The U.S. Senate failed to pass a new car mileage standards bill, on the grounds that soccer moms have a God given right to use 6000 lb SUVs to cart kids around, and it would be totalitarian to force tall American men to scrunch themselves into tiny Euro-cars. How about forcing New Yorkers to commute by boat? I would think that's pretty un-American too, and that's what can happen if we do nothing about global warming.
[Update: According to the reform group Public Campaign,
the average senator voting down this measure got $18,000 in auto company
contributions. Unless there are larger payments that are hidden from
us -- that is, unless there are also thoroughly illegal bribes as well
as legal ones -- the most appalling thing to me is that these senators
are willing to sell out for such a small amount. Has our representation
become so debased that chickenfeed payments like this can control it?]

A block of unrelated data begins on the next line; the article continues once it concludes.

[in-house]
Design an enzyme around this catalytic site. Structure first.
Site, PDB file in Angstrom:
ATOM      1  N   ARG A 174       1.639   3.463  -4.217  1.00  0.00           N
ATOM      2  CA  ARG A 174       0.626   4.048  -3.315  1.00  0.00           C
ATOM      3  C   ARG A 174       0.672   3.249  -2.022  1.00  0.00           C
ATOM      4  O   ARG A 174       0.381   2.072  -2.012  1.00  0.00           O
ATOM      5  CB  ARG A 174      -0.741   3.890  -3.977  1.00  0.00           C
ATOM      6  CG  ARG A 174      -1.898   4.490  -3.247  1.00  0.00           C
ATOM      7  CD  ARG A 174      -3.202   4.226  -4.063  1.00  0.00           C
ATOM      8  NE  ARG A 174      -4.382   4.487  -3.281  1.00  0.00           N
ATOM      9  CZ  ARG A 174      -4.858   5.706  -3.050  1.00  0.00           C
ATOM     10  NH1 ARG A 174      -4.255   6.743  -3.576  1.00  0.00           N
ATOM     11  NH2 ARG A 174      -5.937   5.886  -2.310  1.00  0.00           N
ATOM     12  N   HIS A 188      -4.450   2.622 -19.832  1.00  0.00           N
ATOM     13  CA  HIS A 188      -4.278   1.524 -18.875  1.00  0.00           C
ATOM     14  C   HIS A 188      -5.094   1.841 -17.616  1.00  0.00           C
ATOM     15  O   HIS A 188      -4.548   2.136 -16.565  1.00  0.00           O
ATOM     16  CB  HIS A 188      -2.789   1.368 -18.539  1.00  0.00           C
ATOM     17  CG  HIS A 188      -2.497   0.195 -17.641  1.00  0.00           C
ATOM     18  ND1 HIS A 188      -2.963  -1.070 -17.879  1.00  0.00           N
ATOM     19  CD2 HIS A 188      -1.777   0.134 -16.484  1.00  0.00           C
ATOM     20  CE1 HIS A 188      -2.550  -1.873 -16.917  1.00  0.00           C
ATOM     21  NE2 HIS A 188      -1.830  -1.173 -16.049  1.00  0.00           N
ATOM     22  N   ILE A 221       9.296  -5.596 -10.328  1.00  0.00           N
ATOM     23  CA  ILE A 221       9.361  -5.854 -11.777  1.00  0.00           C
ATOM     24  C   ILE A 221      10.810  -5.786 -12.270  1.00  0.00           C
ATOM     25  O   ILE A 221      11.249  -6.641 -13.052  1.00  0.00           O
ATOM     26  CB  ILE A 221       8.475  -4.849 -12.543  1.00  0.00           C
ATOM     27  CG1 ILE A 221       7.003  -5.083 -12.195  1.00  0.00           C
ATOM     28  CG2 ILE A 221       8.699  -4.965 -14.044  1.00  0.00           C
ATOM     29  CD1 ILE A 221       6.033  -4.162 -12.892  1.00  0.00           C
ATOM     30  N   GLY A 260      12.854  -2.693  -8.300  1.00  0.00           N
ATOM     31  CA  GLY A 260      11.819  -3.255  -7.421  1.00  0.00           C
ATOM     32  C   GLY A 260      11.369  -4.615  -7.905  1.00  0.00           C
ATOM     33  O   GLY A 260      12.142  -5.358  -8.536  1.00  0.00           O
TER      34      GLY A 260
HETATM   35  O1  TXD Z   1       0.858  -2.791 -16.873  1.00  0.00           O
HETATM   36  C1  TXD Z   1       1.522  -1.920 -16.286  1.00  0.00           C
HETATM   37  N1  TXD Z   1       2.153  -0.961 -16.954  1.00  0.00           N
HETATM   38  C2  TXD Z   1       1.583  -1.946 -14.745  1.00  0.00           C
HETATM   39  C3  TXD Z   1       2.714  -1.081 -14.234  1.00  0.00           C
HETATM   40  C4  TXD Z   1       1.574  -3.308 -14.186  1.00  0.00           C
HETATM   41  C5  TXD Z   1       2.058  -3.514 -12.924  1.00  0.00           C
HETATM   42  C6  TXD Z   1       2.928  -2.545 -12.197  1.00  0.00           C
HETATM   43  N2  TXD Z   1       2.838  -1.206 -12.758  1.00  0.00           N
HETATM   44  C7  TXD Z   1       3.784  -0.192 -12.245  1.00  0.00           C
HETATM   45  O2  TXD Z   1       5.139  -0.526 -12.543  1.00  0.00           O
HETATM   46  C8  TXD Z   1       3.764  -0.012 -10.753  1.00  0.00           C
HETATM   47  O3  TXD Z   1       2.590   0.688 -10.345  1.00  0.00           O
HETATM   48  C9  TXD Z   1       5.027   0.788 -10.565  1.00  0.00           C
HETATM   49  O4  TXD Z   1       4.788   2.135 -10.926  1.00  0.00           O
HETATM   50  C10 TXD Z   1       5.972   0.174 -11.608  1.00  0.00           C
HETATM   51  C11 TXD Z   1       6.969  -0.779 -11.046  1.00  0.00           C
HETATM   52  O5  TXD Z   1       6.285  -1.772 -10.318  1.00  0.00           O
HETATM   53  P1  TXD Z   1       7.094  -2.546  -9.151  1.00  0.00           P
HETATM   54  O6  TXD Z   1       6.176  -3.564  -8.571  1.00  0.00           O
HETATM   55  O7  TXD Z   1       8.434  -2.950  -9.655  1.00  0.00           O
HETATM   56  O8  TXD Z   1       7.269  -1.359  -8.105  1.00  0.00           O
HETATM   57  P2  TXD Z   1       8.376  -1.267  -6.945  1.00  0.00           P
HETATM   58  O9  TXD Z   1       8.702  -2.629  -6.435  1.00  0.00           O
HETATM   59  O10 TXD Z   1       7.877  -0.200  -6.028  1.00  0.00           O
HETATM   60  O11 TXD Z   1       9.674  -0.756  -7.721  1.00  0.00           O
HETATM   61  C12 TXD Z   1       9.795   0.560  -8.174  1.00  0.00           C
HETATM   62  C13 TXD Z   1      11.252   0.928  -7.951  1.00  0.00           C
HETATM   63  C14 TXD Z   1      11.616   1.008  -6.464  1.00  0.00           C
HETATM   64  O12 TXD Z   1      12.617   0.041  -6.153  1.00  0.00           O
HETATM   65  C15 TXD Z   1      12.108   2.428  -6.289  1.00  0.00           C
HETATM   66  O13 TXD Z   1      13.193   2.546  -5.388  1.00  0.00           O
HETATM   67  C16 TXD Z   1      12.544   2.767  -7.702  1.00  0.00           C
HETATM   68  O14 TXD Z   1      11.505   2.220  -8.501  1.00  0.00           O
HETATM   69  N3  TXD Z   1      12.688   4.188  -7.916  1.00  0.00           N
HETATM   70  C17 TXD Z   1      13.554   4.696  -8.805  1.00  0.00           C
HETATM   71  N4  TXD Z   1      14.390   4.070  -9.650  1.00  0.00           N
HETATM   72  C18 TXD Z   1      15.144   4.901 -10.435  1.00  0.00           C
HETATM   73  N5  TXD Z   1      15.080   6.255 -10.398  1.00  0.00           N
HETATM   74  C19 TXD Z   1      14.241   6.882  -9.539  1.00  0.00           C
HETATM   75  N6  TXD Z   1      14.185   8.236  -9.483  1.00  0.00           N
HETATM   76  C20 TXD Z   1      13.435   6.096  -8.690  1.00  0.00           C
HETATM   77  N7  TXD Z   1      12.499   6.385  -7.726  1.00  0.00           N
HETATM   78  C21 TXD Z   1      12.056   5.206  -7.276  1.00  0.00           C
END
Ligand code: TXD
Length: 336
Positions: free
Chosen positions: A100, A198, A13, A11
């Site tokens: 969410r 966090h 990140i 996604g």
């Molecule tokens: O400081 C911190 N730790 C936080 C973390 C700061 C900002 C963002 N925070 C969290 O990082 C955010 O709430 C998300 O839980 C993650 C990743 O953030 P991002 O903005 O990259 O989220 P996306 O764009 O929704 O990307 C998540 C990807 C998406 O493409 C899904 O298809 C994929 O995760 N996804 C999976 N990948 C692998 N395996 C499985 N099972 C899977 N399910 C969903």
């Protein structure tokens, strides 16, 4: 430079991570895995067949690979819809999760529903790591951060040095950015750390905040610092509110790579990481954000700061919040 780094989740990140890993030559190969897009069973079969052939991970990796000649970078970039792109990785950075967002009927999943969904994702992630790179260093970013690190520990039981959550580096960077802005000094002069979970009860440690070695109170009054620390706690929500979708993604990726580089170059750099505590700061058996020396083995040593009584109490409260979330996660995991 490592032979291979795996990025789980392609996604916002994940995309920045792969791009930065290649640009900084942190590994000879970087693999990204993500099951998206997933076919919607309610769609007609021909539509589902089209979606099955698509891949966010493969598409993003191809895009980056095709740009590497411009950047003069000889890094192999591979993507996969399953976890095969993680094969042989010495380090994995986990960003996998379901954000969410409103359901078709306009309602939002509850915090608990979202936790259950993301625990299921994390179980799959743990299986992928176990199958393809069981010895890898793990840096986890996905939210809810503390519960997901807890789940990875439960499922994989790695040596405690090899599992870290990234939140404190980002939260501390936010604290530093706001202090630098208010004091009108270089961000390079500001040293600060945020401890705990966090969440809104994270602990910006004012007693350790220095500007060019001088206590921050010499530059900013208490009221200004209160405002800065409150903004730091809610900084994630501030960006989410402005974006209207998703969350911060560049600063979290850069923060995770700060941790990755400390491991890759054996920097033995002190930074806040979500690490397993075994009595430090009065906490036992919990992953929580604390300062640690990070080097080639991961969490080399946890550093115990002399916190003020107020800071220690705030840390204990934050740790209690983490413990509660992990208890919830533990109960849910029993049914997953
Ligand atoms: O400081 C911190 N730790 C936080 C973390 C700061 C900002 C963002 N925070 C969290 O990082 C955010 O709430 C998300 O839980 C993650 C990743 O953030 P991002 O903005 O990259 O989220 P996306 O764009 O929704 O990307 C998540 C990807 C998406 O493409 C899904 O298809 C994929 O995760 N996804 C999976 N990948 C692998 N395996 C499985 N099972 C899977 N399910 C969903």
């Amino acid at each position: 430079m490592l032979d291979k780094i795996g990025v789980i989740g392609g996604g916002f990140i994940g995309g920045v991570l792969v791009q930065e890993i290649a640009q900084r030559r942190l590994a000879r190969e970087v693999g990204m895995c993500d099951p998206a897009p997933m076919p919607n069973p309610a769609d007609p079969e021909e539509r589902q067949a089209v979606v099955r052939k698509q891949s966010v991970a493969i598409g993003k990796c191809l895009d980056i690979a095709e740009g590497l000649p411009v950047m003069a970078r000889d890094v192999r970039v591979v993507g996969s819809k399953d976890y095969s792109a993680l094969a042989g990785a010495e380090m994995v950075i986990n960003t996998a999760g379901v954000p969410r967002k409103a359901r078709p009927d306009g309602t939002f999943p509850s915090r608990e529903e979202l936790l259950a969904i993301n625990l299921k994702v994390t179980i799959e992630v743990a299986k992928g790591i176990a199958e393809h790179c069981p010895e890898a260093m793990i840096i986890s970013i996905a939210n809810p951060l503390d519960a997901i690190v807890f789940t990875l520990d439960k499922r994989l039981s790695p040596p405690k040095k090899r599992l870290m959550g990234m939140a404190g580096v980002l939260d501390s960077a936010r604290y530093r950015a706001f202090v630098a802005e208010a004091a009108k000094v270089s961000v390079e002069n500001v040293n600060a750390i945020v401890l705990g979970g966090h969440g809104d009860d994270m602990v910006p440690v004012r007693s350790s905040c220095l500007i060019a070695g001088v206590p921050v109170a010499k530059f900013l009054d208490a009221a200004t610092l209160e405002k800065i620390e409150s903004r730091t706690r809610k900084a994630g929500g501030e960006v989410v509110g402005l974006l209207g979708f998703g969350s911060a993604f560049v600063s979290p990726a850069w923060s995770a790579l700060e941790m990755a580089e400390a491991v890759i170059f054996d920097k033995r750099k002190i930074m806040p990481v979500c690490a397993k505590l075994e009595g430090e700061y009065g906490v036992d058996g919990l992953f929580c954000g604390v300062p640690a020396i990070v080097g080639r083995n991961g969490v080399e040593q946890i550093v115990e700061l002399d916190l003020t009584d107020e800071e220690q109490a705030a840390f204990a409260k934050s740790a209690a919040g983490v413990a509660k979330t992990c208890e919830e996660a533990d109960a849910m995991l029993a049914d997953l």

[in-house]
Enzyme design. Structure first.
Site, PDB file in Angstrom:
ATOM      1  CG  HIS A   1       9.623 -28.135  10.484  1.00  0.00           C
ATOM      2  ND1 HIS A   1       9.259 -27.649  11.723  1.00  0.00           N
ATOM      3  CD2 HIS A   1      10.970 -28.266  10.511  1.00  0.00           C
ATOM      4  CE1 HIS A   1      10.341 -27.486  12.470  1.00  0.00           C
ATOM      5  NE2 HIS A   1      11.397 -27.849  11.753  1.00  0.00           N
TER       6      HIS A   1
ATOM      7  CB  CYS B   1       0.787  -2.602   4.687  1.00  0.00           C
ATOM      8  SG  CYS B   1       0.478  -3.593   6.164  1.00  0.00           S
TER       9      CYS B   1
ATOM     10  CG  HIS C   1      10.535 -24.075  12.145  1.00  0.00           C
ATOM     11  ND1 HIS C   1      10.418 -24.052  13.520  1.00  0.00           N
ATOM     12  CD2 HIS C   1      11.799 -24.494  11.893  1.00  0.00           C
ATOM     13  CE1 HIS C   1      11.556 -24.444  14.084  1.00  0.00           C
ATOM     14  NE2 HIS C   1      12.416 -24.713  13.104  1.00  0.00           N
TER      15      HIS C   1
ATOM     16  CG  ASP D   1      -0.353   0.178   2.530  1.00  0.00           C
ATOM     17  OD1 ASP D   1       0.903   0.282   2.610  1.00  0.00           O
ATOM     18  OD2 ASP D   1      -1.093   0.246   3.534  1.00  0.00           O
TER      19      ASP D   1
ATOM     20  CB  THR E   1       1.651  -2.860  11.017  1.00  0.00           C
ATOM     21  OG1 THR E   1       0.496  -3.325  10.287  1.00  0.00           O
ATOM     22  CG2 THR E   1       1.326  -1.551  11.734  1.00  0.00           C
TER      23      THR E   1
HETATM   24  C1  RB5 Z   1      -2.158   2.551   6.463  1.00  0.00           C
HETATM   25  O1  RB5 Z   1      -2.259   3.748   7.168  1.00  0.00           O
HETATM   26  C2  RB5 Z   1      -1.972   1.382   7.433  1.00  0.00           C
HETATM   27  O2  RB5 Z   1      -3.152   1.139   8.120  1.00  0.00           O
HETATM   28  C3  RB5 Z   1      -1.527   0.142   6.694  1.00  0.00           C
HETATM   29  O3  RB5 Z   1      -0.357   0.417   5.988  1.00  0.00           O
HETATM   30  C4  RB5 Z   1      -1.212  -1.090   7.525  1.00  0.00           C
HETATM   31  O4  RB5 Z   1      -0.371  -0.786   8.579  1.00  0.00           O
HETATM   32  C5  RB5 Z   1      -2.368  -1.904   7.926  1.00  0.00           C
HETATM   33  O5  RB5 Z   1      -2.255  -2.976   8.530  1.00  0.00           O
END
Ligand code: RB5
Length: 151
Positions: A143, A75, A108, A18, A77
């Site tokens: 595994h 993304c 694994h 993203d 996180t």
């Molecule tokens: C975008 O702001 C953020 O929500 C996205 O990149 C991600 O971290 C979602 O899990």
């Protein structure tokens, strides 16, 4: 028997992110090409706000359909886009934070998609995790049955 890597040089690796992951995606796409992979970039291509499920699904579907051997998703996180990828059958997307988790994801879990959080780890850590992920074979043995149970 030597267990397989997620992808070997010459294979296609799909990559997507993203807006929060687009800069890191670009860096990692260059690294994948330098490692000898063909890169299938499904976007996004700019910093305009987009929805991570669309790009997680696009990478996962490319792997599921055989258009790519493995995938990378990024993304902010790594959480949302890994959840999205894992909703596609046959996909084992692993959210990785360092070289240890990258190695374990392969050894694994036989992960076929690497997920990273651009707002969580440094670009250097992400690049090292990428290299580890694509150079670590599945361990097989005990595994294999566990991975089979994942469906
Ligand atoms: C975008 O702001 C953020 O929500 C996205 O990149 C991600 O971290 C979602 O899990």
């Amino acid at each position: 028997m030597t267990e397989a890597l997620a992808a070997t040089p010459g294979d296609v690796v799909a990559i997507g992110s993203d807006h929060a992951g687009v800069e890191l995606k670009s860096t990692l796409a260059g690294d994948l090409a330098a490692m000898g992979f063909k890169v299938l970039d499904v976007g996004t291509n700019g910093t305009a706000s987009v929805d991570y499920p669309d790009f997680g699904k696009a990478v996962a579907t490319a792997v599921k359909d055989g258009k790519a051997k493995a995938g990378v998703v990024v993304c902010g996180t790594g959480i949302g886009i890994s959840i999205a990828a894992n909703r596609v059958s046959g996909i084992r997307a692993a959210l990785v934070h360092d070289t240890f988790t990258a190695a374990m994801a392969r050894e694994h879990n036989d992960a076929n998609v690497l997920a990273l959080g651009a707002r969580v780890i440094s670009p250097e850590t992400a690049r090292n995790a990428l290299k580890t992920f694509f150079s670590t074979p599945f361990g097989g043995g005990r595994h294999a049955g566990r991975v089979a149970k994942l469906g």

One thing I've noticed is that nowadays, in dealing with these types of crookedness, we are more dependent than we used to be on those public officials who make it their business to oppose corruption... because without them, the news media are not making much of an issue out of it. Today's newspapers and news broadcasts have cut way back on the amount of reportorial legwork they do to gather news -- they rely far more on stuff that gets handed to them without effort, such as public statements by officials and politicians. This is partly a trend that followed September 11, in which a wave of "patriotism" has made the media unusually compliant and incurious about the pronouncements of our leaders, but it is also an ongoing trend from before then, in which more and more news providers are being bought up by fewer owners (in a manner which was illegal in my youth), and those owners are squeezing a lot harder to maximize profits. We're also, by the way, seeing more mainstream news agencies starting to show an overt partisan bias (which was also illegal in my youth) -- usually toward the right, belying the old shibboleth about the "liberal media". But whether biased or not, the biggest trend is toward simply gathering less news. Even in my local area, the community paper that used to report in depth about city council and school board candidates no longer tells us anything useful since they got bought out.